As of July 30, two air carriers have suspended activities due to increased concerns over Ebola: ASKY Airlines (KP), which suspended all flight service to Liberia's Roberts International Airport (ROB) and Sierra Leone's Lungi International Airport (FNA), and Arik Air (W3), which indefinitely suspended all service to Liberia and Sierra Leone. However, additional airlines may take similar actions in the coming weeks. Furthermore, in an attempt to contain Ebola activity in Liberia, the Liberian president ordered the indefinite closure of all border crossings except Foya Crossing in Lofa County, Bo-Waterside Crossing in Grand Cape Mount County, and Ganta Crossing in Nimba County. Normal flight operations will continue at Roberts International Airport (ROB) in Harbel and James Spriggs Payne Airport (MLW) in Monrovia. However international travelers should expect enhanced health screenings at operating entry and exit points. Neighboring countries may similarly restrict border crossings in the near future.
The WHO and the US CDC do not currently recommend against travel to any Ebola-affected country, because the low risk of Ebola exposure for travelers is far outweighed by the economic and humanitarian damage such restrictions would cause for affected countries. However, ongoing Ebola activity has seriously taxed healthcare providers in Guinea, Liberia, and Sierra Leone and has created challenges for assistance providers attempting to medically evacuate even non-Ebola patients from these countries.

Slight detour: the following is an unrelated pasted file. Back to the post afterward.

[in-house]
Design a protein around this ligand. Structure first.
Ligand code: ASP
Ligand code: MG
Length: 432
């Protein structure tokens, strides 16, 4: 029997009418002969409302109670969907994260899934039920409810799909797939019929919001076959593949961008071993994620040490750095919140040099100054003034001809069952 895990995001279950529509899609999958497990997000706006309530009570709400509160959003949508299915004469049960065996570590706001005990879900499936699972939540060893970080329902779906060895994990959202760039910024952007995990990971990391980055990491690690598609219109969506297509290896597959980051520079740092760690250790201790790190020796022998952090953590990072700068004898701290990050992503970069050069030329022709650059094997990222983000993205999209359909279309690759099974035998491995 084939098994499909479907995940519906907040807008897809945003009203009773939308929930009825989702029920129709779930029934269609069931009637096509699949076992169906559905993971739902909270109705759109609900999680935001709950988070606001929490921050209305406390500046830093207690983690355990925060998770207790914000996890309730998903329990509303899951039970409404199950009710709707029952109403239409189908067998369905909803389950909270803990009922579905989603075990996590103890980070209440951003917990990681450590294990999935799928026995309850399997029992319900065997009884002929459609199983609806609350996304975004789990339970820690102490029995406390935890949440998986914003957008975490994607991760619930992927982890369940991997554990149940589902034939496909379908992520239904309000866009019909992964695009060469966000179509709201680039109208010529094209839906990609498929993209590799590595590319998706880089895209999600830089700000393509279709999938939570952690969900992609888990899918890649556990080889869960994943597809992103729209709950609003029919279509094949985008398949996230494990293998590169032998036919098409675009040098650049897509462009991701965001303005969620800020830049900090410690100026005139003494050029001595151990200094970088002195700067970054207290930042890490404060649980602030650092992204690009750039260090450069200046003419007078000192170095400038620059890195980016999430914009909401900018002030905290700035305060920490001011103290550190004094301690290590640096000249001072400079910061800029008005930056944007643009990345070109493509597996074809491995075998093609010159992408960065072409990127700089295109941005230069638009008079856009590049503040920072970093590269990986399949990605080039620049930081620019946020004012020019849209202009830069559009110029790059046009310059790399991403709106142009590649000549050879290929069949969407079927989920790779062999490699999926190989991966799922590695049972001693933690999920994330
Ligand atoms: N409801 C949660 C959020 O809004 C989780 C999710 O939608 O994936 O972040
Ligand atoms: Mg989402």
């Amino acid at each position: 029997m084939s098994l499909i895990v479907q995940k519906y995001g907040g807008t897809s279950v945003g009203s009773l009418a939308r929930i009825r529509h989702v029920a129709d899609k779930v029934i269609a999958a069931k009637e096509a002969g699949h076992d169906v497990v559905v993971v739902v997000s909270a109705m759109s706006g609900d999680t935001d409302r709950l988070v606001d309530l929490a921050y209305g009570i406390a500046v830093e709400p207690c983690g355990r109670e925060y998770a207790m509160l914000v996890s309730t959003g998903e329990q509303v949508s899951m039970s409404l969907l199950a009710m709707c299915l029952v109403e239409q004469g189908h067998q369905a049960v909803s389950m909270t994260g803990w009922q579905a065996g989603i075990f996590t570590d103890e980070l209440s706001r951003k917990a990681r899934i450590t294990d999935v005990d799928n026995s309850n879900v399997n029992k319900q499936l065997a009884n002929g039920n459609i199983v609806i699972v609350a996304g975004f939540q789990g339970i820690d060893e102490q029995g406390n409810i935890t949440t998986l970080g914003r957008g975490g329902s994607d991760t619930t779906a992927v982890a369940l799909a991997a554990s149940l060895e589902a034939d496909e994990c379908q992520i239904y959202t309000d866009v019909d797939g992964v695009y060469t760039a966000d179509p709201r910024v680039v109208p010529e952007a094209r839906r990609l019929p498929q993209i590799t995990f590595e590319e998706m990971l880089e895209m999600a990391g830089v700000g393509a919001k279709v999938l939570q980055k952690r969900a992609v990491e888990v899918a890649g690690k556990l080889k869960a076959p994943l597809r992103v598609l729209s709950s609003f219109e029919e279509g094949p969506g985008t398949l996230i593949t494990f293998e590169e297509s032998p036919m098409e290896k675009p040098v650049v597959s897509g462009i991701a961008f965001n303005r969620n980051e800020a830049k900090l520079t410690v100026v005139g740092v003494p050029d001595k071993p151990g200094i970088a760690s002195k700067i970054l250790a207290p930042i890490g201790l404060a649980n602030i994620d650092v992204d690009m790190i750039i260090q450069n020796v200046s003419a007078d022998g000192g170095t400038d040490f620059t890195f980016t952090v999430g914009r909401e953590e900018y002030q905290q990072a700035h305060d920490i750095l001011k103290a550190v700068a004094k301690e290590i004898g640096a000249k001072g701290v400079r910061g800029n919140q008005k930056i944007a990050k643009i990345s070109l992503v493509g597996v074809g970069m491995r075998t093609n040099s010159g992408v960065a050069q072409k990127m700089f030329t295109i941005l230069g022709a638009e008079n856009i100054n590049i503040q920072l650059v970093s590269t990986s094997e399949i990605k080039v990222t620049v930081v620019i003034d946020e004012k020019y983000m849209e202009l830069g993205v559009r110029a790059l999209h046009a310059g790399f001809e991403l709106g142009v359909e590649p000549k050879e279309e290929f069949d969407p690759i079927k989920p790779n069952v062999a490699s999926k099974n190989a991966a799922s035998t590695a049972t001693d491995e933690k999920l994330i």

Individuals operating in or near Ebola-affected areas should practice diligent personal health precautions, keeping in mind the following Ebola-specific information:
Although Ebola is considered "highly contagious," it is not highly transmissible. The risk of transmission among people not involved in healthcare or funeral settings is small.
Healthcare workers currently operating in the area are most at risk, since Ebola is passed through blood, organs, tissues, bodily fluids, and close personal contact with infected individuals.
NGO workers and volunteers intent on assisting healthcare workers in the affected areas should consider deferring their travel until the outbreak is over.